AMIS H211 -- Honors Introduction to Accounting I -- Fall 2003

Class Meetings:   Tue/Thu/Fri
Section 00016-0 -- 
 8:30-10:18   SB 310
Section 00017-5 -- 10:30-12:18   SB 310

Professor Richard A. Young
Course Assistant: Liz Ribich

Liz Ribich Photo

Phone: 292-0889

Phone: 488-3914

Office: Fisher 410  
Cell: (419) 290-8511

Hours: by appointment  
Mornings are best for consultation.

Professor Young's Webpage



This class is an introduction to accounting. Accounting serves as a way of communicating information within the firm, as well as about the firm to the market for investors. It is hard to imagine how our economy would function without accounting information.

We will spend lots of times understanding the logical system of recording events that is unique to accounting. We will practice doing the accounting and we will discuss why it is done the way it is. We will address such questions as:

The questions above are arranged from the more detailed to the more expansive. The more detailed questions will be addressed by problems from the text. The more expansive questions will be addressed by textbook and additional outside readings and class discussion. Study at both the detailed and expansive level are important if one is to develop an appreciation of the importance of accounting in business and, more generally, in all aspects of our economy.

Student Responsibilities

This being an honors class, I expect you to attend every class.  You are legitimately excused from class only for illness, injury, or family emergencies.  All absences should be explained to me, as soon as possible.  E-mail is a good way to contact me for this purpose.

Along with learning about accounting, oral communication skills are being built through classroom attendance and active participation.  Active participation is expected and will be encouraged. Volunteers will be sought to answer questions or write problem solutions on the board. Sometimes I will call on students even if they have not volunteered.

Consistent with University policy, I expect you to spend at least 2 hours outside of class for every hour you spend in class.  This is a 5-credit course, so you can expect to spend 10-12 hours per week outside of class preparing homework solutions, studying, reading, etc. You are welcome and encouraged to discuss homework problems with your classmates.  However, each student is to turn in his or her own solution. In many cases, you will be asked to work out a problem before we have discussed the material. The purpose is to make sure you are familiar with the problem and have struggled with it a little so that our discussion can be more productive. The homework will be graded with consideration of its difficulty and the amount of relevant discussion we have engaged in prior to its assignment.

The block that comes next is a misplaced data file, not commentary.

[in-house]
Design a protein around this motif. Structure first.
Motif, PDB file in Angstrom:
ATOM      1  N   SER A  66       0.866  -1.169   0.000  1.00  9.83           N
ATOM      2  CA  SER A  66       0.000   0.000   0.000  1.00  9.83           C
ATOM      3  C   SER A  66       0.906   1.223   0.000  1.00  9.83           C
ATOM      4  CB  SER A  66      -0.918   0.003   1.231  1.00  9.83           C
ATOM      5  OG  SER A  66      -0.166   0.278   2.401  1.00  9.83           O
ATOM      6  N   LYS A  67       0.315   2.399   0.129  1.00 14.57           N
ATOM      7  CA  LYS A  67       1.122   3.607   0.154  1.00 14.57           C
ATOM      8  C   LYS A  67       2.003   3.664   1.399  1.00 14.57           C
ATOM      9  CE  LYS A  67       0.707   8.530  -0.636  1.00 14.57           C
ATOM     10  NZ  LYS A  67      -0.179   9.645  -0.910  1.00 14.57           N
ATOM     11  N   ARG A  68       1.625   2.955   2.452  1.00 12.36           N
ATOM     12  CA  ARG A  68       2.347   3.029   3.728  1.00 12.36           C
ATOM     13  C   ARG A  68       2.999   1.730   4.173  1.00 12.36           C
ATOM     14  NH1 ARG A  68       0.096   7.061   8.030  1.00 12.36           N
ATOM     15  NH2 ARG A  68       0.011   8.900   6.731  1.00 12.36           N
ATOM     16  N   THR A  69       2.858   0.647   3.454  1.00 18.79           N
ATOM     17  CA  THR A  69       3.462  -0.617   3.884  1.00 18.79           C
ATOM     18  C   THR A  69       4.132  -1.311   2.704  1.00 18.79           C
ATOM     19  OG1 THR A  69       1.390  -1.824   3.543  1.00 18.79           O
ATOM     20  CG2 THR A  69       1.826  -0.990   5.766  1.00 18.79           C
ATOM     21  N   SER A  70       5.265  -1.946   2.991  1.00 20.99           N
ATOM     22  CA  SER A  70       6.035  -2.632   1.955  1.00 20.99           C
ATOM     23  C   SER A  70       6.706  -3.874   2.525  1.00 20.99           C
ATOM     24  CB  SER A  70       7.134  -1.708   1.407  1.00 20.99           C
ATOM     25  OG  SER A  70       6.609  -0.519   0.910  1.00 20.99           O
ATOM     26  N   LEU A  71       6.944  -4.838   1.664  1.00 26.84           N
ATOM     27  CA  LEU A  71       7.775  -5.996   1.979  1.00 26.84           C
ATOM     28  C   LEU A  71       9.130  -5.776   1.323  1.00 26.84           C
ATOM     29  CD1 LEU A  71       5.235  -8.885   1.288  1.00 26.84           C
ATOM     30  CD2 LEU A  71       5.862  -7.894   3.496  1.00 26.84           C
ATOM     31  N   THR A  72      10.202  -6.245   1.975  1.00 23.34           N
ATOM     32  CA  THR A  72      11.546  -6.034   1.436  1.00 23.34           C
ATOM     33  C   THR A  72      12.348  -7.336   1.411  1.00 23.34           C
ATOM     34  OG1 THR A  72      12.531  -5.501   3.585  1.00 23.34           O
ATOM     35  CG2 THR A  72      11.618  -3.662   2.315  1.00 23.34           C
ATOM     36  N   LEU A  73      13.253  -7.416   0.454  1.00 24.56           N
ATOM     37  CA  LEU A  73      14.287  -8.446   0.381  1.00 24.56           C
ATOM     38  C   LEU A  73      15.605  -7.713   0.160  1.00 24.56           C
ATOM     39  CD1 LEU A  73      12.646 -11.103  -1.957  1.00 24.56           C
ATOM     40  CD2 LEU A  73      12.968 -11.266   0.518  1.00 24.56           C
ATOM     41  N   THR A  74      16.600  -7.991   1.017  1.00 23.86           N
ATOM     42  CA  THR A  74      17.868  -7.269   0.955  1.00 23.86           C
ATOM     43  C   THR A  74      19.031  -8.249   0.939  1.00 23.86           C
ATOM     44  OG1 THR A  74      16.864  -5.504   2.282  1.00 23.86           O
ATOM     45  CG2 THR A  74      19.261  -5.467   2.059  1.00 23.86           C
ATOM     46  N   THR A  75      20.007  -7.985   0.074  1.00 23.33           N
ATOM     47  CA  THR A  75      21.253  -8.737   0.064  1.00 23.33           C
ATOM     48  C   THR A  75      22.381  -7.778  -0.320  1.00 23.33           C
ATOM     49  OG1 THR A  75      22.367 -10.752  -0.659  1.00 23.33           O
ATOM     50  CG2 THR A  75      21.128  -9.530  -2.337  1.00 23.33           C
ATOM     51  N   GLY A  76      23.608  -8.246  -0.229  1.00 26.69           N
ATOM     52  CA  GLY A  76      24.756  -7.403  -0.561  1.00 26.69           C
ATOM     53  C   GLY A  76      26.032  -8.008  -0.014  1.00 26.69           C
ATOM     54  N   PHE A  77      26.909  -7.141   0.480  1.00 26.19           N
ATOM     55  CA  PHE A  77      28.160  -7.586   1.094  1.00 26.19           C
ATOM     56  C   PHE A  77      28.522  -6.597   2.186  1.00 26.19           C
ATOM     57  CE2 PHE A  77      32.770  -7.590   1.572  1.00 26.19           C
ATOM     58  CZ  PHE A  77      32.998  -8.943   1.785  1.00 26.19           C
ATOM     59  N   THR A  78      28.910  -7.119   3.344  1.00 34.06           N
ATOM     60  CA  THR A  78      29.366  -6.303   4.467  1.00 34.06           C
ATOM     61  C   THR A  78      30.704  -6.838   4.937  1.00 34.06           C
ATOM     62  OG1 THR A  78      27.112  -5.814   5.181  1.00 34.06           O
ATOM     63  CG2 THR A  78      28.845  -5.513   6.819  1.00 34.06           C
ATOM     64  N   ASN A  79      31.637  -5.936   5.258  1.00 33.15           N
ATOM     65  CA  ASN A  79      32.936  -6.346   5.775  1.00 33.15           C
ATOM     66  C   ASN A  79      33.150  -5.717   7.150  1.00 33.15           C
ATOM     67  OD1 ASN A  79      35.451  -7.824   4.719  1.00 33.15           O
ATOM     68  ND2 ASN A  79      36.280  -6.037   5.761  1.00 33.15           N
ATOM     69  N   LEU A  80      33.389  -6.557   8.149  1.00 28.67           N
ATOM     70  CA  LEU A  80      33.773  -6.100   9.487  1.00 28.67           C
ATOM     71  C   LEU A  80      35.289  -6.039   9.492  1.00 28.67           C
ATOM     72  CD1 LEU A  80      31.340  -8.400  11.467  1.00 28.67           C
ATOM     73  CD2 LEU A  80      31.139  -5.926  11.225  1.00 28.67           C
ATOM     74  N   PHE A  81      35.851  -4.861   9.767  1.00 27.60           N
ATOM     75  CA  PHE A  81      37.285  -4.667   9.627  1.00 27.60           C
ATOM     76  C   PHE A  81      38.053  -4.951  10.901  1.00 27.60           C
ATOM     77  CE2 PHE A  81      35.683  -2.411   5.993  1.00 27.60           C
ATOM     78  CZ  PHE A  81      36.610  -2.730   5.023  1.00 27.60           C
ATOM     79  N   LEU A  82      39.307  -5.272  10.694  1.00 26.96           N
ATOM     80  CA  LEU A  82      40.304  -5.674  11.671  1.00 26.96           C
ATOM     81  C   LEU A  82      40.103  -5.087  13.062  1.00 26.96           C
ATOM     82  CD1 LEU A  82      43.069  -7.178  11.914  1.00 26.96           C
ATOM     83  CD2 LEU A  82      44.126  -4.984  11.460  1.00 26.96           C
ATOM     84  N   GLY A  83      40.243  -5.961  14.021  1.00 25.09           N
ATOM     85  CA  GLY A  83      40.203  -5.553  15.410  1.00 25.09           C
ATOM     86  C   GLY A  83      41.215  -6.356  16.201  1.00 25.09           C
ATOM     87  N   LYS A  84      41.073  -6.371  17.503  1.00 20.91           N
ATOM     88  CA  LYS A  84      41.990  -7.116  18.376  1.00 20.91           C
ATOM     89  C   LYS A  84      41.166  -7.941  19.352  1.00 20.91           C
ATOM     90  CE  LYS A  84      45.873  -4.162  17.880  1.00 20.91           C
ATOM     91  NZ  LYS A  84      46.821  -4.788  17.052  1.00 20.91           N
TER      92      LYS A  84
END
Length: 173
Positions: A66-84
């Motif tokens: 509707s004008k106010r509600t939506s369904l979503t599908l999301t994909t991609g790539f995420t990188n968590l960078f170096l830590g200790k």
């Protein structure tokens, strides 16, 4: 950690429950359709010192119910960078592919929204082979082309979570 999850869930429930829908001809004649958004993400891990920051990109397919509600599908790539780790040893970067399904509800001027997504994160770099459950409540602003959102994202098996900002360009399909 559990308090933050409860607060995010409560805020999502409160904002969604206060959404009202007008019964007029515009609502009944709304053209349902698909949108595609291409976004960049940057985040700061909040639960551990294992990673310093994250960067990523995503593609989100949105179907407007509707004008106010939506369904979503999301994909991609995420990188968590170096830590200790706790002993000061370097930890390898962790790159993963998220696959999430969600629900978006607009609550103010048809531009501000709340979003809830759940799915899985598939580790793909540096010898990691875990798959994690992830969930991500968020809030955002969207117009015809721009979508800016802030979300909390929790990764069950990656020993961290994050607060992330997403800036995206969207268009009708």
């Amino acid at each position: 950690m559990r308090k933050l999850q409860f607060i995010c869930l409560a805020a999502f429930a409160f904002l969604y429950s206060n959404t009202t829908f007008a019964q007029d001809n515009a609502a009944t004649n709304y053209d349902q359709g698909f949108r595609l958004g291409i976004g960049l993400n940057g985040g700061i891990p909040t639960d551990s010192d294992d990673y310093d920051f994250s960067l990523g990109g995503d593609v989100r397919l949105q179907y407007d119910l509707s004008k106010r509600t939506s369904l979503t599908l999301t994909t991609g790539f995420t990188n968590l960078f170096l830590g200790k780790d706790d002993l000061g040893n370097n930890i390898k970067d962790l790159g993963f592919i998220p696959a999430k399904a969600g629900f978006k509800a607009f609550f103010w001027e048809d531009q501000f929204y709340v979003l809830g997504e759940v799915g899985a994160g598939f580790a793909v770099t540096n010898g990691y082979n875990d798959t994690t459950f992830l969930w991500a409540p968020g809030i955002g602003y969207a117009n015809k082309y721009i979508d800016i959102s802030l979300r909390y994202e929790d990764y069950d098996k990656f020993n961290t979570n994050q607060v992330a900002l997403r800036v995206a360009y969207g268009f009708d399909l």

Written as well as oral communication is important no matter where you go in life. Some of you may have good basic writing skills, but we will be developing your technical writing skills in this class. Both logic and the rules of grammar are important in technical business writing. Professor Rama Ramamurthy will primarily be the one working with you on your writing skills. Professor Ramamurthy is an expert in business communications. You can contact Professor Ramamurthy by E-mail or by phone at 292-7397. Professor Ramamurthy has placed some resources for writing and oral presentations on the web.

Examinations are individual, closed-book and closed notes.  They will be challenging, and I consider their difficulty when assigning final grades.  The best way to prepare for exams is to rework problems after each class on a regular basis.  Cramming the evening before an exam is unlikely to be effective.  You can be confident that you are prepared for the exams if you know how to work the problems "forwards and backwards."

Performance Evaluation

The distribution of points appears below. Course grades will follow a straight curve, with a possible adjustment for unexpected examination difficulty. Improvement is taken into account on an objective basis, as examinations are weighted more heavily as we proceed. No makeup midterms will be given. Makeup finals will be given only if excused by University guidelines. Please plan your break around the final examination date (to be announced).

  Class Participation
  Written Homework 

  Writing Assignments  

  Midterm I

  Midterm II

  Final Examination


 Required Materials

1) Antle, R. and S. Garstka, Financial Accounting 2nd edition, South-Western. Available in OSU Bookstore, Long's, and SBX. (ISBN: 0-324-19210-X).
2) Antle, R. and S. Garstka, Questions, Exercise, Problems and Cases 2nd edition,  South-Western Available in OSU Bookstore, Long's, and SBX. (ISBN: 0-324-19209-6). Be sure to get the RED (Undergraduate) version of QEPC.
OR: Buy 1) and 2) as a shrink-wrapped package: (ISBN: 0-324-18075-6).
3) Readings and problems.  Available only at the Tuttle office of Cop-Ez.

Course Outline

I have assembled a tentative Course Outline.  I will pass the "final" version of the Course Outline the first day of class. During the quarter, the outline  might be adjusted, and additional assignments might be distributed.